In 1997 I was a newbie entrepreneur producing customized skin care it was easy for me to get caught in the trap of trying to keep up with the big cosmetic houses. In order for me to compete, I felt that I had to emulate them in every way. I was also running at breakneck speed desperately trying to keep pace with what the experts predicted to be the next emerging industry trend.
I locked into a self-induced battle between what I was wanting and what market research told me I must do. Using this research I chose to take a large loan out and spend thousands of dollars on graphic design and product packaging. When I opened my first delivery of my new packaging all I could say was wow! I was ecstatic, because now I felt like I looked like one of the major players in the industry. How wrong I was. I quickly realized I was in trouble, because I had lost my way.
My core customer base, who had been my entrepreneurial guinea pigs, if you will, didn’t respond to the packaging like I thought they would. When asked their opinion, one woman tore the packaging off of the jar and tossed it into the garbage saying, “I don’t care about that. Does the product work!?” I literally couldn’t draw breath into my lungs, because in that moment, I knew it was over. I had a flash of insight that told me this, all that you are doing HASN’T WORKED. Within 24 months everything started crashing and burning. Suppliers closed their doors with little or no notice. The bottle company decided that they were only going to sell the glass jars and bottles I used in pallets of 10,000…and you couldn’t mix and match. I had six main products in my line along with five others. That would mean purchasing one hundred and ten thousand bottles along with caps and pumps. Never mind the cost, where would I store all of this stuff how would I be able to move the pallets?
Nearly $10,000 in I had a website that was barely functional and a webmaster that was…MIA and DOA when he was present. The office space that I was renting sold the building and the new owners were horrendous. The bathrooms didn’t work nor were they cleaned on a regular basis; they didn’t pick up trash for days and all the garbage can where over flowing. The crowning glory was there was no pest control. It was awful. I had to move. I no longer felt safe there and didn’t want my clients in that environment. To add insult to injury all my new packaging, along with my letterhead business cards had just been printed with that address.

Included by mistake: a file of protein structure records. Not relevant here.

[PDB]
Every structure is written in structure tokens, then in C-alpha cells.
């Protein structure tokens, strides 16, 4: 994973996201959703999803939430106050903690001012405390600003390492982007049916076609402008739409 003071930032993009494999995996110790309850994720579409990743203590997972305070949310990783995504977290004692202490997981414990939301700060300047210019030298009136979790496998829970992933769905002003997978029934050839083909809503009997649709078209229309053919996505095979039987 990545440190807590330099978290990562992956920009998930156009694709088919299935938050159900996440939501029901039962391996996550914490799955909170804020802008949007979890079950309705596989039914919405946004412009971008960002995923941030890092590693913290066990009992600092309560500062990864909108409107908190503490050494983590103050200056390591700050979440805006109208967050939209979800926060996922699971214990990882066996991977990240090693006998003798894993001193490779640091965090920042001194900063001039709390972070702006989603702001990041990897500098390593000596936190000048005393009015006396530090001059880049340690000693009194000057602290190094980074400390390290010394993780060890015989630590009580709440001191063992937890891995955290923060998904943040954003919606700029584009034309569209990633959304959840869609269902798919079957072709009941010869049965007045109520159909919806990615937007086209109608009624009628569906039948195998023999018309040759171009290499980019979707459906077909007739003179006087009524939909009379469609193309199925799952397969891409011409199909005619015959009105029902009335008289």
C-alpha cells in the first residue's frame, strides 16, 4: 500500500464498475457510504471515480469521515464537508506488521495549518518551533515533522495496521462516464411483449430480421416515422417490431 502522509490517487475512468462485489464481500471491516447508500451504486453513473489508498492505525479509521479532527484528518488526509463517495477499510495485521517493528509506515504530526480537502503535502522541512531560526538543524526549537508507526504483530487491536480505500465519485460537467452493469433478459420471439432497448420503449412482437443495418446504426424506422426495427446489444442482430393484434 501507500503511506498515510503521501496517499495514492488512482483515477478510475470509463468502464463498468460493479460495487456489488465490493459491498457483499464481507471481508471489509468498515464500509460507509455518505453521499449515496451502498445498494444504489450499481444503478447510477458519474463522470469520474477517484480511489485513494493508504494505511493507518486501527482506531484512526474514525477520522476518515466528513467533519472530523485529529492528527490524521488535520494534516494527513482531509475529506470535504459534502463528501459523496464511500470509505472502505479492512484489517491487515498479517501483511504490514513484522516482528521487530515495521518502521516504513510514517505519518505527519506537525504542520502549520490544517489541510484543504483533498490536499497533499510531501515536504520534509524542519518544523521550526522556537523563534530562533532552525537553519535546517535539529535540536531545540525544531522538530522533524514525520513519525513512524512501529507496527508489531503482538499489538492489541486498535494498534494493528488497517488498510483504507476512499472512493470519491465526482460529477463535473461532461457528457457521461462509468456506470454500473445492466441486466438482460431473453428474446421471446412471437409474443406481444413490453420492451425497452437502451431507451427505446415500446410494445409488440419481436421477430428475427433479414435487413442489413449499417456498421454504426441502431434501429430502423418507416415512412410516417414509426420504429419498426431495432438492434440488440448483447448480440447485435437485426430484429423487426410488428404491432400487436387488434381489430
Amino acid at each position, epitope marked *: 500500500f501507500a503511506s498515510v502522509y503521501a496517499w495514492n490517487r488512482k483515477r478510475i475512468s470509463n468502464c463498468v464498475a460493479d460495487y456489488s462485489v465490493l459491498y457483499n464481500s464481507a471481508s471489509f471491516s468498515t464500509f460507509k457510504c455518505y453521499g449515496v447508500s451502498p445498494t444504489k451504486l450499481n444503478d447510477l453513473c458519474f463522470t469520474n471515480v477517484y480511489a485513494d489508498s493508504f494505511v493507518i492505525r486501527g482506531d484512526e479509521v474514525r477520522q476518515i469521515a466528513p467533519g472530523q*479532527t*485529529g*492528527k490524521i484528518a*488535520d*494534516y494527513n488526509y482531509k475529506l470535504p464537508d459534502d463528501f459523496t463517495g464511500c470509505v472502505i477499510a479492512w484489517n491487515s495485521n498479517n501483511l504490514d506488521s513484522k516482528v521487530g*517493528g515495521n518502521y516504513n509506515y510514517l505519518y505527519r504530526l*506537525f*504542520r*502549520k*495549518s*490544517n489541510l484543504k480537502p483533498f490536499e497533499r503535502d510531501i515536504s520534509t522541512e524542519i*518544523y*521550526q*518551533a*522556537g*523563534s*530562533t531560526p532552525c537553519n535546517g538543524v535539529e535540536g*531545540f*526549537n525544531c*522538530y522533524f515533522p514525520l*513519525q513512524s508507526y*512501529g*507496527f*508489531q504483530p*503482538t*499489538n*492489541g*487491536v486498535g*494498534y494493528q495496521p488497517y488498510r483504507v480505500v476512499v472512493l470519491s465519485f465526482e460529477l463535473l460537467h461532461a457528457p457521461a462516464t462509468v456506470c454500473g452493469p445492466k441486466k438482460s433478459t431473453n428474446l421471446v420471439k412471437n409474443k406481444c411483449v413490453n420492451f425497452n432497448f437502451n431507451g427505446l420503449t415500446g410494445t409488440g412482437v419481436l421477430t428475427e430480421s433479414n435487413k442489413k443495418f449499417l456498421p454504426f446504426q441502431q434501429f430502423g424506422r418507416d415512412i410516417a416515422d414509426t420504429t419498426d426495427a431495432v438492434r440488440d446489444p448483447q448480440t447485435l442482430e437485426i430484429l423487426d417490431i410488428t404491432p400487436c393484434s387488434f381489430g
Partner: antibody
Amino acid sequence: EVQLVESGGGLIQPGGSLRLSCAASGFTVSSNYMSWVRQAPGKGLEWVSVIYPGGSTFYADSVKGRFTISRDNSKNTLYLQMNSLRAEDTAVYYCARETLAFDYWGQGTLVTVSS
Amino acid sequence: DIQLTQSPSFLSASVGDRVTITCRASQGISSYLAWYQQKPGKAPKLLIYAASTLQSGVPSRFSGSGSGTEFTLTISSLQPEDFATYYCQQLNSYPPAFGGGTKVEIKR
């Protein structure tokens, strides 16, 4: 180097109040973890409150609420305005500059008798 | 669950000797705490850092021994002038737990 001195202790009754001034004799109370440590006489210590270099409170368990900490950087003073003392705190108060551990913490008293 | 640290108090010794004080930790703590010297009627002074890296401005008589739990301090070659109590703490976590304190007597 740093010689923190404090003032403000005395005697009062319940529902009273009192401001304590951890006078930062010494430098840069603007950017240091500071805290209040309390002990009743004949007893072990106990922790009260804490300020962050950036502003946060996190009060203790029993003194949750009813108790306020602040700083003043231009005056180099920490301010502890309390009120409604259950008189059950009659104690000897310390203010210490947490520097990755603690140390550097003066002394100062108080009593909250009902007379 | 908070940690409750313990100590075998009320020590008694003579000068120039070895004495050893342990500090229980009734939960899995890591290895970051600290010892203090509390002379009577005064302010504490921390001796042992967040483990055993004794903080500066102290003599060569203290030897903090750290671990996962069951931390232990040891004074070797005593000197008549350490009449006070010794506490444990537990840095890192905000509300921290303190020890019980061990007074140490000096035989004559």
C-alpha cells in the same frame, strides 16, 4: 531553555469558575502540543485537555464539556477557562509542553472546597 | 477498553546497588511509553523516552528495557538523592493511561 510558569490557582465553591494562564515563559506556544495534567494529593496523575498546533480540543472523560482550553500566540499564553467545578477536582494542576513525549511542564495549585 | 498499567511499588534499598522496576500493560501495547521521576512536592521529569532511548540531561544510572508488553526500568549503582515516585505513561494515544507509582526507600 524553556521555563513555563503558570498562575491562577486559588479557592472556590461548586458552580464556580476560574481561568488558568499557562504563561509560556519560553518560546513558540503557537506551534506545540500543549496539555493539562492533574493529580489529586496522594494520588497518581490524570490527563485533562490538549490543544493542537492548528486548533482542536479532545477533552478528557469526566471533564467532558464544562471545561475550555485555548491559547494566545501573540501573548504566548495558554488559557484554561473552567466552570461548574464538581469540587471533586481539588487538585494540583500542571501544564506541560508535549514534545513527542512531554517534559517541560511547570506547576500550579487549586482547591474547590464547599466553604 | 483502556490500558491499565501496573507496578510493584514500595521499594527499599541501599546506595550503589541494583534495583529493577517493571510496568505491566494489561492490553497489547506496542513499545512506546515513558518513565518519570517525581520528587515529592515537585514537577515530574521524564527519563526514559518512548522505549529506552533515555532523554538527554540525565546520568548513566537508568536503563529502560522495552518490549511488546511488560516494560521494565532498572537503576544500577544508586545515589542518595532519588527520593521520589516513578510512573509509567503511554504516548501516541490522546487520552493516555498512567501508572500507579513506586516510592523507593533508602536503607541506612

Everything that was happening indicated that I had gone in the wrong direction, yet I wouldn’t let go. I refused to let go. I was pouring more money into this failing scheme, because I was going to make it work. And of course it didn’t.
One night I was sitting on the edge of my bed and I burst into tears. I cried hard and long, because I knew it was over. I knew what I had to do. And like most things in my life, when I’m clear I’m resolute and swift to act. I closed it down.
I chose to reconnect with my vision in an authentic way. You want to know what the irony is? Producing a skincare line had never been a part of my authentic vision. Someone had suggested in passing it and I thought it might be a good idea because of my background. There was no real passion behind it, only an interest. I owned my mistakes, all of them; including failing at business 101. Don’t create a business in something you are not passionate about. I owned my failure to develop MY vision…but, like phoenix rising out of the hot ashes, I went on to succeed. How?
- By choosing not to lose sight of my vision ever again.
- I made the conscious choice NEVER to be in competition with anyone again.
- I choose only to be in passionate “CREATION.”
Experts will say that you need to be in competition with your competitors in order to be a success. I totally disagree. Knowing what your industry is doing is one thing. Competing for the space that they already occupy is another. No two things and occupy the same space. That’s God’s Law, a Universal Law that science has proven. Knowing what your industry is doing can assist you in your creativity and decision making process. Competing with others in your industry means that your creativity is being spent on emulating what someone has already done, instead of creating something that others want to emulate.
Being an entrepreneur isn’t easy and you will be faced with many challenges, but what will make you a success is if you use the clarity of your vision like a light house or beacon. While on your journey to success, you may experience rough terrain, however, you will never lose your way as long as you aim for your light house.
Dr. Wendy Dearborne is a choice expert and coach. Contact Dr. Wendy Dearborne via email firstname.lastname@example.org